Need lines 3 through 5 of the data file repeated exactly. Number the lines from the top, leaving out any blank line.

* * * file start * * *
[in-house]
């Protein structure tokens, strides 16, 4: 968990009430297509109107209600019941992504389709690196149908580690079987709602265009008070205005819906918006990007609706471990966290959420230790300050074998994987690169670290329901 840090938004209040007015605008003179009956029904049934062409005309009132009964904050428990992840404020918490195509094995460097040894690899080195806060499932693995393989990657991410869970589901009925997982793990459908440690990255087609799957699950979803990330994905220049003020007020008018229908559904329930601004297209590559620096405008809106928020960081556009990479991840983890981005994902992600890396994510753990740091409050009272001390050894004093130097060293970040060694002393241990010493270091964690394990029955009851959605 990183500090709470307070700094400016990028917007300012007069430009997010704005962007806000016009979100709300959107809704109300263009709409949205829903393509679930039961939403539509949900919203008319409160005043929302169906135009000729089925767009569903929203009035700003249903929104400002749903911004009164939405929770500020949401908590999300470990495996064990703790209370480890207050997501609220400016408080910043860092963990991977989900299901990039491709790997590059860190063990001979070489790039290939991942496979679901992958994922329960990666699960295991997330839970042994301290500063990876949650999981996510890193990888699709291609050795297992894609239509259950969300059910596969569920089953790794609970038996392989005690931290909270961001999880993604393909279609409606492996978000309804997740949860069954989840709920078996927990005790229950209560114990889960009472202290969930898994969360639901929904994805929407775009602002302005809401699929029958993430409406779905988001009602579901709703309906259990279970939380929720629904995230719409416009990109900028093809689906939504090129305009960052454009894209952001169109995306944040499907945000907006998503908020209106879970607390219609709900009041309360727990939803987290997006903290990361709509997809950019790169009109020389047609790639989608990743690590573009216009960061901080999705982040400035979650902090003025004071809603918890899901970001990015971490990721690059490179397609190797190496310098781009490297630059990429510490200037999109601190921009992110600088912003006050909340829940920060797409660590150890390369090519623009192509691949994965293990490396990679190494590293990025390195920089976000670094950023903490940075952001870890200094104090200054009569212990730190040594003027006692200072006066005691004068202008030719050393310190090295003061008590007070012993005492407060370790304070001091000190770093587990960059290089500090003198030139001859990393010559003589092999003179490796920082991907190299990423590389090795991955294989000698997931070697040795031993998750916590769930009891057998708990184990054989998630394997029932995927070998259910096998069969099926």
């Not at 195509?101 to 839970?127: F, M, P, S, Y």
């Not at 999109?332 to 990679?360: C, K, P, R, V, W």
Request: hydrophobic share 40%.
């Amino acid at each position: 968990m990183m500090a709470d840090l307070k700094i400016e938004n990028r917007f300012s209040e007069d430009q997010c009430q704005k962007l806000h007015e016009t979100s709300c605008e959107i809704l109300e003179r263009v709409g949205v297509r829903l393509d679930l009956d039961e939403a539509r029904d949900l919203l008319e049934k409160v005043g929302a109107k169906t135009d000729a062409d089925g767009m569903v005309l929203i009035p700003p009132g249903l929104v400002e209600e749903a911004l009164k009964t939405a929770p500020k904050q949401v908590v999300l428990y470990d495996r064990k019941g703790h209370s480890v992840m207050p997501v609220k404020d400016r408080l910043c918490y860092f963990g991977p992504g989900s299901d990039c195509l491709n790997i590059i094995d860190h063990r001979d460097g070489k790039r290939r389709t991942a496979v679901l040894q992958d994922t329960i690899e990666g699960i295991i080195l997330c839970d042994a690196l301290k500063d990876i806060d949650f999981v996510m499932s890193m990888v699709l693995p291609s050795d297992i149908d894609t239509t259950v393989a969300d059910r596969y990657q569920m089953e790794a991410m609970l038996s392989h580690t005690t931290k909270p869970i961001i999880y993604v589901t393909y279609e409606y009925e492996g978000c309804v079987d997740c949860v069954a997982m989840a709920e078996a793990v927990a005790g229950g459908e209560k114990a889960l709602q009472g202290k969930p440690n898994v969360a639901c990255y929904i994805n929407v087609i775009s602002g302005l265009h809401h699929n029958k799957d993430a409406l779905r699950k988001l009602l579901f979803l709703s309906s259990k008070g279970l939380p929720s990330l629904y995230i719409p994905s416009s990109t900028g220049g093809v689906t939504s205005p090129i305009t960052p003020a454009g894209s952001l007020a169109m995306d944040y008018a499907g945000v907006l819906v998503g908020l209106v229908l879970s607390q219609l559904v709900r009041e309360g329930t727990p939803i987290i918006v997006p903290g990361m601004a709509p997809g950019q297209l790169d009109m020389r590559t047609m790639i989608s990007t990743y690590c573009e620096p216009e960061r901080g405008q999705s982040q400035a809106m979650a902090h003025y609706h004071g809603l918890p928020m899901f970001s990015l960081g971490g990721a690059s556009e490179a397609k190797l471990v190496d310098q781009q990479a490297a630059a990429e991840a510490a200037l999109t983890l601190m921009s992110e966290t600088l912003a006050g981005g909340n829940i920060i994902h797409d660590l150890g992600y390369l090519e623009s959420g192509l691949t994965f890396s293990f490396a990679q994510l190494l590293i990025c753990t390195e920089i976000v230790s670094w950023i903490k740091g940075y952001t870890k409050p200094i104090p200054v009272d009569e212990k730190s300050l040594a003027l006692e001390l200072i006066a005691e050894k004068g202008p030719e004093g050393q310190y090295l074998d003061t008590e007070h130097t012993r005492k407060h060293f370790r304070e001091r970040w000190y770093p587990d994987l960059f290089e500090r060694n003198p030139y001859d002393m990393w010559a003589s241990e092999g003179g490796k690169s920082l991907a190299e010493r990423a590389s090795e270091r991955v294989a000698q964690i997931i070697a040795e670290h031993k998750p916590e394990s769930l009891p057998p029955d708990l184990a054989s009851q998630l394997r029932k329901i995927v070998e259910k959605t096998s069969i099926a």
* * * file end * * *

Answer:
């Not at 195509?101 to 839970?127: F, M, P, S, Y």
């Not at 999109?332 to 990679?360: C, K, P, R, V, W």
Request: hydrophobic share 40%.